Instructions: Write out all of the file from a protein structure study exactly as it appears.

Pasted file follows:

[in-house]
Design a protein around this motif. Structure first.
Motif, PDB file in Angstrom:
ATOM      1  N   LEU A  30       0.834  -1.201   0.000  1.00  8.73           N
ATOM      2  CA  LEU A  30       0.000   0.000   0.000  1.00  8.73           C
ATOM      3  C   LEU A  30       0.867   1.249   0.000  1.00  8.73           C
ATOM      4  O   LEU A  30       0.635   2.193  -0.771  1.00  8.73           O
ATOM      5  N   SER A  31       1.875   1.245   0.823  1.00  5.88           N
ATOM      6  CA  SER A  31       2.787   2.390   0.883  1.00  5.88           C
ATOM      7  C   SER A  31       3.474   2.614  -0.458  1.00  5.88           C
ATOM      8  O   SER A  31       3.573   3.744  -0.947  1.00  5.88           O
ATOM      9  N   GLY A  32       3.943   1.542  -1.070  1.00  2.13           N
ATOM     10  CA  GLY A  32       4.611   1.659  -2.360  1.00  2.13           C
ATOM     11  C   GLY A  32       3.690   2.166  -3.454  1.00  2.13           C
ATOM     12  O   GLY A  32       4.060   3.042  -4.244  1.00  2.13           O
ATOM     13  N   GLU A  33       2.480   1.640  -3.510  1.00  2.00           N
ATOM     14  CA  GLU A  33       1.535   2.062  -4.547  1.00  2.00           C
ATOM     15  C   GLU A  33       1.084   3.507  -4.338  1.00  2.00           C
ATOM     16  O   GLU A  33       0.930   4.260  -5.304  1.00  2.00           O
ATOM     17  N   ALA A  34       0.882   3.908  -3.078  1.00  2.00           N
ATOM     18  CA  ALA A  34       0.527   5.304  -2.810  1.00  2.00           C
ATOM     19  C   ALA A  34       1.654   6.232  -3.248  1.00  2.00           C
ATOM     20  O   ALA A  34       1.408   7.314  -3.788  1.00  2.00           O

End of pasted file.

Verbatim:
[in-house]
Design a protein around this motif. Structure first.
Motif, PDB file in Angstrom:
ATOM      1  N   LEU A  30       0.834  -1.201   0.000  1.00  8.73           N
ATOM      2  CA  LEU A  30       0.000   0.000   0.000  1.00  8.73           C
ATOM      3  C   LEU A  30       0.867   1.249   0.000  1.00  8.73           C
ATOM      4  O   LEU A  30       0.635   2.193  -0.771  1.00  8.73           O
ATOM      5  N   SER A  31       1.875   1.245   0.823  1.00  5.88           N
ATOM      6  CA  SER A  31       2.787   2.390   0.883  1.00  5.88           C
ATOM      7  C   SER A  31       3.474   2.614  -0.458  1.00  5.88           C
ATOM      8  O   SER A  31       3.573   3.744  -0.947  1.00  5.88           O
ATOM      9  N   GLY A  32       3.943   1.542  -1.070  1.00  2.13           N
ATOM     10  CA  GLY A  32       4.611   1.659  -2.360  1.00  2.13           C
ATOM     11  C   GLY A  32       3.690   2.166  -3.454  1.00  2.13           C
ATOM     12  O   GLY A  32       4.060   3.042  -4.244  1.00  2.13           O
ATOM     13  N   GLU A  33       2.480   1.640  -3.510  1.00  2.00           N
ATOM     14  CA  GLU A  33       1.535   2.062  -4.547  1.00  2.00           C
ATOM     15  C   GLU A  33       1.084   3.507  -4.338  1.00  2.00           C
ATOM     16  O   GLU A  33       0.930   4.260  -5.304  1.00  2.00           O
ATOM     17  N   ALA A  34       0.882   3.908  -3.078  1.00  2.00           N
ATOM     18  CA  ALA A  34       0.527   5.304  -2.810  1.00  2.00           C
ATOM     19  C   ALA A  34       1.654   6.232  -3.248  1.00  2.00           C
ATOM     20  O   ALA A  34       1.408   7.314  -3.788  1.00  2.00           O